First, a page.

Thirty-five minority students briefed about law school.
What do rappers Jay-Z and Beanie Sigel have in common with presidential candidates and a prison chaplain? If you asked some of the students who attended the Law Related Career Day at Widener Law’s Delaware campus on Thursday January 24th, they could probably explain to you how a legal education can have such a broad impact.
As part of National Minority Law Student Recruitment Month, thirty-five students from four local high schools learned about how a legal education could benefit them. The program kicked off with a “Welcome to Widener Law” from 3rd-year law student Troy Riddle (Photo 1). Troy promised, “We’re going to have a great day! It’s going to be fun and interactive,” and that assurance proved prescient. To engage his audience, Troy asked a number of questions to see how much the students knew about law schools and the process necessary to get in. He encouraged them to start preparing themselves now by reading, writing, and getting involved, and he ended by saying, “Go to college, do well, and become a productive member of society. We hope that you’ll chose to go to law school.”From Presidents to Prison Chaplains
Professor Kathleen Turezyn followed Troy’s introduction with a lively mock law school class in which she asked the students to examine a case she uses with her first year students, Vaughan v. Menlove from the Court of Common Pleas in England. Professor Turezyn slowly coaxed information out of the students as they explored the concepts of negligence and the standard of ordinary prudence. She concluded by asking, “Who is that ordinary reasonable person against whom you are all judged?” After challenging the students by asking if Troy or Dean Ammons could be considered such a person, she finally got the answer she was looking for when several students concluded that there is in fact no such person, only an artificial construct to serve as a standard to be measured against.
Assistant Dean Eileen Grena of the Legal Education Institute offered the students a helpful look at the steps they needed to take if they wanted to pursue a legal education. She stressed the importance of college, noting that the college experience helped students “Explore new interests, become independent, develop leadership skills, and increase income potential.” Dean Grena also touched on the Legal Education Institute’s Paralegal program, demonstrating that law school was not the only way to pursue a legal career.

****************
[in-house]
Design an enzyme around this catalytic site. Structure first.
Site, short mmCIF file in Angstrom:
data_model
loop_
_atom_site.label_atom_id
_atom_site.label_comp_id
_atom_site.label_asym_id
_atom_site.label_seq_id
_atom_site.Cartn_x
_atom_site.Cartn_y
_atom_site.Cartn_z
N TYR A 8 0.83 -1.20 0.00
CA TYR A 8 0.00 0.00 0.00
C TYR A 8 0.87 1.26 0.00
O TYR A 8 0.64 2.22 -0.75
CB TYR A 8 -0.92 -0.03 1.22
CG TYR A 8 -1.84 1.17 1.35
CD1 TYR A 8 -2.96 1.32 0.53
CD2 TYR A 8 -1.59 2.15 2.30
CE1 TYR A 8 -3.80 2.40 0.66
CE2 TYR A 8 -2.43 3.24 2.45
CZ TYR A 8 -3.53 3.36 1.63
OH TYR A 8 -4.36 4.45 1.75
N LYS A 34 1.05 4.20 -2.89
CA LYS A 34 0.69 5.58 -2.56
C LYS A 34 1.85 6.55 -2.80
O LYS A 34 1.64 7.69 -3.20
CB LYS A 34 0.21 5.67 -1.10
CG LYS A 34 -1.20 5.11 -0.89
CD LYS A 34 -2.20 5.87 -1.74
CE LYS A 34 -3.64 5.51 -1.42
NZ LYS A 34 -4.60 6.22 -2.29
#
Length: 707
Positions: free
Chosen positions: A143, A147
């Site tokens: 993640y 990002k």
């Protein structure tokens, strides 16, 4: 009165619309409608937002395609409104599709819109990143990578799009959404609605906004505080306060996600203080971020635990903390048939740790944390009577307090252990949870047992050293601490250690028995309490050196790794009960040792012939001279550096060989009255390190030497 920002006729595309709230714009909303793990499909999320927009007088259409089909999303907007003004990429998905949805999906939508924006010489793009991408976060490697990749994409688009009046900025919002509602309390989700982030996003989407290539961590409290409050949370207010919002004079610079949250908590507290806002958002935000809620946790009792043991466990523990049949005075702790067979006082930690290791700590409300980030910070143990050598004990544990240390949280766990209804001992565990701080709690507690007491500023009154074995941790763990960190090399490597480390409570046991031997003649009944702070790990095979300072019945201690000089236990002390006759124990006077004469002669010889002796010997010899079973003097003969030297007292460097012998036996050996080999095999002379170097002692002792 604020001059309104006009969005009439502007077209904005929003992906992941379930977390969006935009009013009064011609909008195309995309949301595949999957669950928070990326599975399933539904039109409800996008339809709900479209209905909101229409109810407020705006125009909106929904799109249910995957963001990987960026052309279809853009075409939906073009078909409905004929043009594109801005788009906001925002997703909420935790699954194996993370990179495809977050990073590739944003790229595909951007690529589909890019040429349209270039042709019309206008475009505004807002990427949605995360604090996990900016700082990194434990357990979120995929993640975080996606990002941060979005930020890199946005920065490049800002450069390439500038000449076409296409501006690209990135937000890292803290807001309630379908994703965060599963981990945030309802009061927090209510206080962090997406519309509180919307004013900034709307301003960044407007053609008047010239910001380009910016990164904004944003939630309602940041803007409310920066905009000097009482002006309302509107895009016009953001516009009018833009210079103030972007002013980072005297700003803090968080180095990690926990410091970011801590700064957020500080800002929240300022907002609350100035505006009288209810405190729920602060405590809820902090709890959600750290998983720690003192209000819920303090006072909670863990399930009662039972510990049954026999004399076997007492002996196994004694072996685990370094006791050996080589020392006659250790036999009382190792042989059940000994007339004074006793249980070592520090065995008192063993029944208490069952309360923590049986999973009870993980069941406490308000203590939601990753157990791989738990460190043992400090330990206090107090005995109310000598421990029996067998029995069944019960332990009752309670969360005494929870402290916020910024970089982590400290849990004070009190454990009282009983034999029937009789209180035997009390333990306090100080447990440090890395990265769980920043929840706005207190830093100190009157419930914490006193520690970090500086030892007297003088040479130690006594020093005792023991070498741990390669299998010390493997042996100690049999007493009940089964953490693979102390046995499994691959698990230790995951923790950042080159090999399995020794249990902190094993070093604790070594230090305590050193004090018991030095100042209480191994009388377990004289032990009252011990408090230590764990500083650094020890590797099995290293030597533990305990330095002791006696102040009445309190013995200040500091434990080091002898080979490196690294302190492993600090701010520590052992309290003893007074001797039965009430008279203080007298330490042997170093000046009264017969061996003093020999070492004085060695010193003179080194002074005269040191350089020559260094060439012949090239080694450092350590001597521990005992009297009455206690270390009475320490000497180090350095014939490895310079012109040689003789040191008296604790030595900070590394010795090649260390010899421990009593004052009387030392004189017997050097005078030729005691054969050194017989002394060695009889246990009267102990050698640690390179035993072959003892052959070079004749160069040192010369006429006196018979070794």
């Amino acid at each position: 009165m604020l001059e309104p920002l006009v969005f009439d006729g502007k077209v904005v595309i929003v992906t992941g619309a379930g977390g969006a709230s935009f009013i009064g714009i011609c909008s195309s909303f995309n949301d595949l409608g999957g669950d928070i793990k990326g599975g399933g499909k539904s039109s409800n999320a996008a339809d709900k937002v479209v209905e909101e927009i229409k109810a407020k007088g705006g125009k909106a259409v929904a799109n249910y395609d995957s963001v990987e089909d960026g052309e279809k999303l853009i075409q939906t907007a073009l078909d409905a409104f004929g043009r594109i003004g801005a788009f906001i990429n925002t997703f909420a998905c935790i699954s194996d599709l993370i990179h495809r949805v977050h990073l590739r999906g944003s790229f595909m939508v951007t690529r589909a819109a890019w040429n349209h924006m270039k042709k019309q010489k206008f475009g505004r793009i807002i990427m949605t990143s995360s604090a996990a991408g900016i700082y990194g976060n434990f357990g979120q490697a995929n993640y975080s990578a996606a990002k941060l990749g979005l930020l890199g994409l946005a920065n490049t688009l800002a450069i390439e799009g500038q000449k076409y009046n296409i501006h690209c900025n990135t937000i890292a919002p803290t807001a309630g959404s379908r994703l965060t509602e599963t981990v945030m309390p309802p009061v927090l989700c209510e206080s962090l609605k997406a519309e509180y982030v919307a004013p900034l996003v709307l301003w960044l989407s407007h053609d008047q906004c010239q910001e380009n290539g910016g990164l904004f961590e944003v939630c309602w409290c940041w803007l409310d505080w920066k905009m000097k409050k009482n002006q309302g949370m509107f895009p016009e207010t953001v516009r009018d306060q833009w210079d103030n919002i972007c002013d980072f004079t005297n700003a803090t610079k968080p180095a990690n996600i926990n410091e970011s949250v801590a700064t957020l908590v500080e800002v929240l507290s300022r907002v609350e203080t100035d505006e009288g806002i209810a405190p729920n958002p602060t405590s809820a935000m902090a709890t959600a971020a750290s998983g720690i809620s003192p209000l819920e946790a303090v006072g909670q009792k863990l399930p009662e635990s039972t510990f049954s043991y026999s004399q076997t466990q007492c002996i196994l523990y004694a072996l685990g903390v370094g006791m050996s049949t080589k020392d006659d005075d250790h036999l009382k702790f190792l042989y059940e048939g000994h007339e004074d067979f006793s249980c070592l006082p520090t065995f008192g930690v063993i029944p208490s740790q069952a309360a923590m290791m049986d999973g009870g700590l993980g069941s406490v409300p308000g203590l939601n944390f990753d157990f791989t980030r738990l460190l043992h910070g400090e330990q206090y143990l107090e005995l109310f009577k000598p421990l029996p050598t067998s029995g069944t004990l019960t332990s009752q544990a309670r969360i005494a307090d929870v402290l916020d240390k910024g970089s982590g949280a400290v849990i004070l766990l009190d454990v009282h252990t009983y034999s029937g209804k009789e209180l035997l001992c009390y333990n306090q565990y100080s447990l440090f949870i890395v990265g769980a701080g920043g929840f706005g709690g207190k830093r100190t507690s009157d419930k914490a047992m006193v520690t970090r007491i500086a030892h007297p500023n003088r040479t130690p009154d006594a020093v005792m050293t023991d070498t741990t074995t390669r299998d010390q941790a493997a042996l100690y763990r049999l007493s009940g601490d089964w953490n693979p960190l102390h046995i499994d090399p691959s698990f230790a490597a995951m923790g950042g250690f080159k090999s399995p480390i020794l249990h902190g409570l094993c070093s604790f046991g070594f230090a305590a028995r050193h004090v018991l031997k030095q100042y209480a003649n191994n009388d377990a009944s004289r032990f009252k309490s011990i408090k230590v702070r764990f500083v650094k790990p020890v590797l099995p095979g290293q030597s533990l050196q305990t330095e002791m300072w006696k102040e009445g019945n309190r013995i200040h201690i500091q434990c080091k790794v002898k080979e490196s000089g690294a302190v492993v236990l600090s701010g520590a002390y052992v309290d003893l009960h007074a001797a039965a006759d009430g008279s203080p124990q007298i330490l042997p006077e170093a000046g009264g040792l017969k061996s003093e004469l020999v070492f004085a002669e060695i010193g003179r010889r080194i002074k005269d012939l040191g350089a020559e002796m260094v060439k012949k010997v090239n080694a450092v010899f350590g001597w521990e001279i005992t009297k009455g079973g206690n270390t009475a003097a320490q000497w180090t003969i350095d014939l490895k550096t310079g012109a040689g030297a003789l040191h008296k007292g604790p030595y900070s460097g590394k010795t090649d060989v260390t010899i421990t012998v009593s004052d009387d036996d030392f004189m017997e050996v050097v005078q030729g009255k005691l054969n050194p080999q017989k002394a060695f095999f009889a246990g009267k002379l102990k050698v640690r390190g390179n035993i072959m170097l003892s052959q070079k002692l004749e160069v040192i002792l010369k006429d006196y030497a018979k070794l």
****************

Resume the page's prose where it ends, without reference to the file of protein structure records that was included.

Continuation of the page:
The students heard from Assistant Dean Serena Williams next. She led a spirited and engaging discourse, pointing out that twenty-five American presidents have been lawyers, and that many of the current presidential candidates possess a J.D. She also emphasized that earning a J.D. can help a person achieve success in other fields as well, pointing out that she knew a prison chaplain and a museum director, among others, who had law degrees but had chosen to pursue another career path. She asked the students, “What does a law degree do for a prison chaplain?” Eventually, the students came to understand that the law degree allowed the chaplain to understand the legal issues facing inmates she was counseling.Jay-Z, Beanie Sigel, and the Law Clinic Experience
As the event neared its conclusion, the students ate a lunch of pizza and subs while Professor Nathaniel Nichols (Photo 2) gave a presentation on the value of the hands-on legal learning provided by Widener’s law clinics. He used an example from his son’s personal experience in a legal clinic, taking the students through an exercise in which they examined the facts surrounding a legal case that took place in Philadelphia in the summer of 2003 involving rappers Beanie Sigel and Jay-Z. After explaining that his son had participated as an intern in the case through a law clinic, Professor Nichols finished his presentation by noting that his clinical course allows students to be hands-on and act as a lawyer under the supervision of actual lawyers.
The event concluded with the students, who represented Concord High School, Penncrest High School, Ursuline Academy, and the Charter School of Wilmington, enjoying lunch and conversing with the presenters as well as other Widener faculty and staff. Colleen McKeone, Assistant Director of the Admissions Office put the event together with help from Admissions Office staff including Assistant Dean for Admissions Barbara Ayars and Admissions Counselor Allison Rickards. Hopefully some of the bright high school students who attended the event enjoyed what they saw and heard enough to return to Widener as students in the future.